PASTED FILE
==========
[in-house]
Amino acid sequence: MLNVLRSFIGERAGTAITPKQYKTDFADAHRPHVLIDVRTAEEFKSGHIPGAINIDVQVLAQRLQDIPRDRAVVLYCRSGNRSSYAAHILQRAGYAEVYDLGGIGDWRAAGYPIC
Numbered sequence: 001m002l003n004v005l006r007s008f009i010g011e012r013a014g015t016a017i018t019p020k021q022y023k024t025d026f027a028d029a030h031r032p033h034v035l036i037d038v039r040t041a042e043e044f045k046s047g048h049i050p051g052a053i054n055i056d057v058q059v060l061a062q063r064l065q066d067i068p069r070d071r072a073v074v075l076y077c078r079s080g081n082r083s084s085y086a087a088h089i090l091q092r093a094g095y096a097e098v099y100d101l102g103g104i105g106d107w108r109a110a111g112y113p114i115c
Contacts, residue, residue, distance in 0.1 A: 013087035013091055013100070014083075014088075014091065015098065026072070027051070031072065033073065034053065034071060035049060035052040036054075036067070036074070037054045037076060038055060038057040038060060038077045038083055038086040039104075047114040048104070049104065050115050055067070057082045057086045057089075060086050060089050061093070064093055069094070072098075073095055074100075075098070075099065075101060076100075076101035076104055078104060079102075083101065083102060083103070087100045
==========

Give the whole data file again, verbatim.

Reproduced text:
[in-house]
Amino acid sequence: MLNVLRSFIGERAGTAITPKQYKTDFADAHRPHVLIDVRTAEEFKSGHIPGAINIDVQVLAQRLQDIPRDRAVVLYCRSGNRSSYAAHILQRAGYAEVYDLGGIGDWRAAGYPIC
Numbered sequence: 001m002l003n004v005l006r007s008f009i010g011e012r013a014g015t016a017i018t019p020k021q022y023k024t025d026f027a028d029a030h031r032p033h034v035l036i037d038v039r040t041a042e043e044f045k046s047g048h049i050p051g052a053i054n055i056d057v058q059v060l061a062q063r064l065q066d067i068p069r070d071r072a073v074v075l076y077c078r079s080g081n082r083s084s085y086a087a088h089i090l091q092r093a094g095y096a097e098v099y100d101l102g103g104i105g106d107w108r109a110a111g112y113p114i115c
Contacts, residue, residue, distance in 0.1 A: 013087035013091055013100070014083075014088075014091065015098065026072070027051070031072065033073065034053065034071060035049060035052040036054075036067070036074070037054045037076060038055060038057040038060060038077045038083055038086040039104075047114040048104070049104065050115050055067070057082045057086045057089075060086050060089050061093070064093055069094070072098075073095055074100075075098070075099065075101060076100075076101035076104055078104060079102075083101065083102060083103070087100045